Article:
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The Slave, Isaac Bashevis Singer, Farrar Straus and Cudahy, 1962, 311 pp (translated from the Yiddish by the author and Cecil Hemley)
Summary from Goodreads: Four years after the Chmielnicki massacres of the seventeenth century, Jacob, a slave and cowherd in a Polish village high in the mountains, falls in love with Wanda, his master's daughter. Even after he is ransomed, he finds he can't live without her, and the two escape together to a distant Jewish community. Racked by his consciousness of sin in taking a Gentile wife and by the difficulties of concealing her identity, Jacob nonetheless stands firm as the violence of the era threatens to destroy the ill-fated couple.
I have not yet read anything by I B Singer I did not love. The Slave is no exception. Singer was awarded the Nobel Prize for Literature in 1978 and always wrote in Yiddish until his death in 1991, in Surfside, FL.
After all my reading this year about slavery in America, I come to this reminder that slavery is as old an institution as prostitution. Both seem to be inherent in the human story.
The Slave is an epic in 311 pages. Jacob was a learned and pious Jew, son of wealthy parents, who found himself a slave to a farmer in a remote mountain village. His birthplace, Josefov, was a Polish town that lay in the path of Ukrainian Cossacks in the 17th century. The ensuing massacres had cleared the town of Jews. Jacob fled, thinking his parents, wife and children dead, then fell into the hands of robbers who sold him into slavery.
Though he desperately strove to stay true to his faith, Jacob began to love the farmer's daughter. Wanda was a step above her environment, a practically prehistoric milieu of pagan superstition, tooth and claw existence, and rural poverty. But she was a Gentile and therefore forbidden. Her passion for him finally overcame his religious scruples and they planned to escape.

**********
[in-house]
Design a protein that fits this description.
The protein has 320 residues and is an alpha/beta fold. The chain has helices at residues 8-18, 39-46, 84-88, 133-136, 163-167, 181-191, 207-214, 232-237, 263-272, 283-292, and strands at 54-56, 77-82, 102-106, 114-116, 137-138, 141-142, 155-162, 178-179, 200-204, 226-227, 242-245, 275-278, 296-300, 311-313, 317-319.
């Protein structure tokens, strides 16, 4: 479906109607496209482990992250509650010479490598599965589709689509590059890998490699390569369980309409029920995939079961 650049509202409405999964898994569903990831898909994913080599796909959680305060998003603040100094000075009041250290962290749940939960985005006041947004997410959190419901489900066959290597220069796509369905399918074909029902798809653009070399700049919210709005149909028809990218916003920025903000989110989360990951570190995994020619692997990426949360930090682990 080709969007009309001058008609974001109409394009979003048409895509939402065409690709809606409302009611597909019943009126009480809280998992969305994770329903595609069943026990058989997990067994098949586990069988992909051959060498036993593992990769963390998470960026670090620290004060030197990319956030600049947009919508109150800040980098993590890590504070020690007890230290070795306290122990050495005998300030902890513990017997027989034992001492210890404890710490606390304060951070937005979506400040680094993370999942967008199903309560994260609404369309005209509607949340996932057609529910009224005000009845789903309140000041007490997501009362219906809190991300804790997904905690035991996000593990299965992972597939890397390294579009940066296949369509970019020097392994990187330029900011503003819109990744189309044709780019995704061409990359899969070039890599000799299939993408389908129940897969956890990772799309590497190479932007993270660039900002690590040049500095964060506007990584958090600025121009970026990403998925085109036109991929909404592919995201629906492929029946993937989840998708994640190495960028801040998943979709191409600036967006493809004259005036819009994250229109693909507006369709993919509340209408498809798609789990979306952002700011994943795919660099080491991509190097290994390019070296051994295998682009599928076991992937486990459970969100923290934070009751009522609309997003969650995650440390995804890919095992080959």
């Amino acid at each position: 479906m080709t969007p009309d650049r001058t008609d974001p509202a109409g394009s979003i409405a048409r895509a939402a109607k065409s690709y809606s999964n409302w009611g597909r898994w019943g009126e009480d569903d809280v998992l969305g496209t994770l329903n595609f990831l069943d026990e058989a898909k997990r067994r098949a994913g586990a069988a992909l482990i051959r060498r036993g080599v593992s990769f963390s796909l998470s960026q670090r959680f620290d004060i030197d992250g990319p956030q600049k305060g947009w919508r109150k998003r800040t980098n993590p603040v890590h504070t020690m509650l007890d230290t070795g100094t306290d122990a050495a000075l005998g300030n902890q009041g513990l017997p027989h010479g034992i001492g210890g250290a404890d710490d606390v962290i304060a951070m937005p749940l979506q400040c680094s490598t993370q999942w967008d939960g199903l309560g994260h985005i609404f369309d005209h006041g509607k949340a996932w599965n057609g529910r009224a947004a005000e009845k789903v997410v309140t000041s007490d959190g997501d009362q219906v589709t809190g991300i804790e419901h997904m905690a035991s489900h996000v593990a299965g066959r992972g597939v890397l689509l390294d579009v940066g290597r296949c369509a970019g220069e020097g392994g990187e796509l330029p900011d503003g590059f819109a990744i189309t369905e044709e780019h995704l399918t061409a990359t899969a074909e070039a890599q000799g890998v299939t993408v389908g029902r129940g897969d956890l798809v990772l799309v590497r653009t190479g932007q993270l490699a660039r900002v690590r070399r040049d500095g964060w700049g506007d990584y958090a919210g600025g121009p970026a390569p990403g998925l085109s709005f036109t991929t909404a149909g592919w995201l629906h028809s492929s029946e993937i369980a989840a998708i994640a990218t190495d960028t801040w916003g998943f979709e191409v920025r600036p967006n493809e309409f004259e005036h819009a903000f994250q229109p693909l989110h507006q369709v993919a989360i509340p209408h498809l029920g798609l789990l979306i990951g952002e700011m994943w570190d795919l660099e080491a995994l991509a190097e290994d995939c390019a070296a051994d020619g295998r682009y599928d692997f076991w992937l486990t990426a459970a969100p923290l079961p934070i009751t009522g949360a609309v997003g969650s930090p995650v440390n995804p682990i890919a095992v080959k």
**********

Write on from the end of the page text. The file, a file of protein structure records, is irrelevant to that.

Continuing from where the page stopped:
Of course, that plan fell through on the first attempt. Jacob's life from then on is one of perils and his search for redemption, taking him all the way to Israel as part of the early Zionist movement, at last reuniting with Wanda, and on to his final days where he finds peace and wisdom.
Besides being a beautiful love story, the novel is also a contemplation of the place of religion in human society including the contradiction that it condemns believers who do not follow its commandments while it honors the phenomenon that spirituality can lift us above our animal nature. The result is a timeless tale.
How interesting that Singer published a novel called The Slave just as the Civil Rights Movement was catching fire in America, his adopted country since 1935.
Interesting book and review, Judy.ReplyDelete
Thanks Carmen. I was quite taken by how universal was the theme of it.Delete
I must confess I've never read anything by Isaac Bashevis Singer, but this book surely sounds like a worthwhile read.ReplyDelete
It truly was for me.Delete
I haven't read Singer either, but this one sounds like an epic love story -- all in 311 pages. Thx for the review.ReplyDelete
It also works as historical fiction set in Poland.Delete
Short and brilliant review. Add to my long "Keep the Wisdom reading list" Actually, your blog is my book group.ReplyDelete
I LOVE that my blog is your book group! Wow!! That means a shout out to all the commenters.Delete